Building something to vote for
, and report from a conference of activists discussing strategies for building independent, left-wing electoral alternatives.
ALMOST 200 people from across the U.S. came together at the "Future of Left and Independent Politics" conference in Chicago on May 2-3 to discuss and debate the prospects for building an electoral challenge to the left of the Democratic Party.
Veterans of left and independent political campaigns--including Green Party presidential and vice presidential candidates Jill Stein and Rosa Clemente, Mayor Gayle McLaughlin of the Richmond (California) Progressive Alliance (RPA), Chicago Socialist Campaign aldermanic candidate Jorge Mújica, Chicago labor aldermanic candidate Tim Meegan and many others--presented on a number of important topics.
While the bulk of the conference was composed of veterans of many campaigns and left political movements, a core of around 25 younger activists attended from as far away as New Jersey and Tennessee on the strength of online promotion for the conference. Conference organizers noted that the attendance was double what they anticipated, but also agreed that future conferences should make special outreach to assure a more racially and age-diverse attendance.
The conference was held only a few days after Vermont Sen. Bernie Sanders announced his candidacy for the Democratic Party presidential nomination. Though nominally an independent, Sanders' candidacy within the Democratic Party was clearly a challenge to the call of the conference that proposed a "gathering of candidates, individuals and organizations committed to a left political alternative in opposition to the two-party system of corporate capitalist rule."
Some activists, including members of the Vermont Progressive Party, distributed a personal letter from Sanders to the conference. The letter announced his presidential campaign, justified running inside the Democratic primaries, and asked for support. When one Green Party member stood up and asked, "How many people here will support Bernie as a Democrat?" about 15 people raised their hands.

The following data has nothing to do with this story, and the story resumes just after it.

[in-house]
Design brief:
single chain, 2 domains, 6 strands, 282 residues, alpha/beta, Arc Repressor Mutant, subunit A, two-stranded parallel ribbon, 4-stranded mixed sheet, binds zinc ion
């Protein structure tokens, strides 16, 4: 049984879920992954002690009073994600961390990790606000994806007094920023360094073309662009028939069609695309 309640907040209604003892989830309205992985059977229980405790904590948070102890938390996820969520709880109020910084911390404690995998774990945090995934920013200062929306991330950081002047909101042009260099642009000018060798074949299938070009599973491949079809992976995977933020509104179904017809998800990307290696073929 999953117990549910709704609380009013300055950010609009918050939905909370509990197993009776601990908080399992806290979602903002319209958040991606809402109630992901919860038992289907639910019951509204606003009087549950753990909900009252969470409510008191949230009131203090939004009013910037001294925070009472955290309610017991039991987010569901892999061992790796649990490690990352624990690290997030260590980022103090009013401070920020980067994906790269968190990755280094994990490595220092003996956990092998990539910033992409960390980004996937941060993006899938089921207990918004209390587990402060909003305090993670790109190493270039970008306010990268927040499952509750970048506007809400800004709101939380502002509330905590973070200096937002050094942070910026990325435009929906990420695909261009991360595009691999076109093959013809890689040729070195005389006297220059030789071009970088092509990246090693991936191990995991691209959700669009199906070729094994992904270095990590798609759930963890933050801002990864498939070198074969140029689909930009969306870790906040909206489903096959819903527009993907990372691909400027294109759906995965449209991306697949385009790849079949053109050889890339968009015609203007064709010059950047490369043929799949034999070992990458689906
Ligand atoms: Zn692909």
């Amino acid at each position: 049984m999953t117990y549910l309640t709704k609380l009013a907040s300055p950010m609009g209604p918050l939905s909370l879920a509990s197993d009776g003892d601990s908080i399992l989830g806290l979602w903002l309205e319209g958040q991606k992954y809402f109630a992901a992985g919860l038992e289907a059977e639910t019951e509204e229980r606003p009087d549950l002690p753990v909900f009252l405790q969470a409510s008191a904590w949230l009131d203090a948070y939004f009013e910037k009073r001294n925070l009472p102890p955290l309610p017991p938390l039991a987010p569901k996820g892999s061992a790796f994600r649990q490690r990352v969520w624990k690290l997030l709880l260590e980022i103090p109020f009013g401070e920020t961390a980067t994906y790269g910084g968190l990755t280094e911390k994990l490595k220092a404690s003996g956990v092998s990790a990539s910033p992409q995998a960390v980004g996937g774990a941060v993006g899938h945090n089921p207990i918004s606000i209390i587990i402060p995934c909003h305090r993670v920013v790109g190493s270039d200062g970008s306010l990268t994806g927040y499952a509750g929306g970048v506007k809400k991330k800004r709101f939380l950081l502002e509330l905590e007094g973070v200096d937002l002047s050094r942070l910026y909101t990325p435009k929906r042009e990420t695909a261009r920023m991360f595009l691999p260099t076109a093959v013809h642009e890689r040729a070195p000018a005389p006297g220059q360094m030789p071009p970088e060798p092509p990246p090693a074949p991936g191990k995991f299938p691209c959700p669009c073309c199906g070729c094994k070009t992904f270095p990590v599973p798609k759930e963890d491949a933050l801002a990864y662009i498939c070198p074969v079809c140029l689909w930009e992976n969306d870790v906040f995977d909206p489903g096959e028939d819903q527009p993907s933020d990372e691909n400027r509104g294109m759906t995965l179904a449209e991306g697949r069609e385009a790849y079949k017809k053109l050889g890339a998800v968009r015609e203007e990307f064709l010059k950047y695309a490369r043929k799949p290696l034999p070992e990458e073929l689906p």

Bruce Dixon, co-chair of the Georgia Green Party, expressed the dominant sense of the conference. In his presentation at the evening public meeting on "Elections, Labor and Social Movements: Why We Need Independent Political Campaigns," Dixon explained that he had begun his political activity as a Black Panther and had worked for Black Democrats in Chicago in 1970s and 1980s, like former Mayor Harold Washington, but that his experience in Jesse Jackson's Rainbow Coalition changed him from what he described as being a "Democrat in denial."
Dixon argued that Sanders would do exactly what Jackson and Dennis Kucinich had done, which is to act as the "the left sheepdog for the Democratic Party--he'll guard the flock and drive anyone who tries to leave back into line."
Amisha Patel, executive director of the Chicago-based Grassroots Collaborative, disagreed with Dixon's approach, arguing that there was nothing inherently positive about breaking with the Democratic Party. She suggested that it could be even more radical to run inside the Democratic Party if a candidate raised issues critical to the community.
WHILE THE vast majority of participants at the conference disagreed with her about this, the discussion did underscore the reality that only a minority of organizers and leftists today see challenging the institution of the Democratic Party as realistic or any sort of short-term priority.
Socialist Alternative member Kshama Sawant, now a member of the Seattle City Council, addressed the conference by video and also urged activists to build a left alternative to the Democrats that draws its base from social struggles like Black Lives Matter and the Fight for 15. Supporting Sawant's re-election in the fall will be a major focus for activists who attended the conference.
Topics discussed in the plenaries and workshops ranged from historical discussions of previous independent political campaigns to skills workshops on fundraising. The conference discussed how to relate independent politics to labor issues such as the Fight for 15, and to the Black Lives Matter (BLM) movement.
In general, participants recognized that we have a difficult task in developing an electoral front on these issues because of the Democrats' domination of the unions on the one hand and the complexity of relating existing independent political forces to the dynamics of movements like BLM. All in all, this was a sober, but hopeful discussion.
The conference--initiated by a coalition of organizations including Solidarity, the International Socialist Organization and Socialist Alternative, along with members of RPA, several Green Party state organizations and the Peace and Freedom Party--provided a model for collaboration among different organizations on the left.
On Sunday, the conference voted to continue the planning committee and mandate it to send a report on the conference to attendees, to maintain its website and publicize independent campaigns on it, and to begin a discussion about the potential for a follow-up conference in the spring of 2016.
There is a range of opinions about the goals of a future conference--from those who believe it could make a major impact on the 2016 elections, to those who think it should primarily focus on bringing local efforts into dialogue, to those who believe it is too early to tell what the impact of Sanders' entry into the race, the direction of BLM and other contingent developments will be.
The conference pointed to a layer of people looking to the left of the Democrats, while exposing the relative weakness of the forces already committed to organizing a break. If the conference set itself modest goals to begin with, it met those goals and marked a useful example of how various groups on the left can work together when there is a clear, common goal.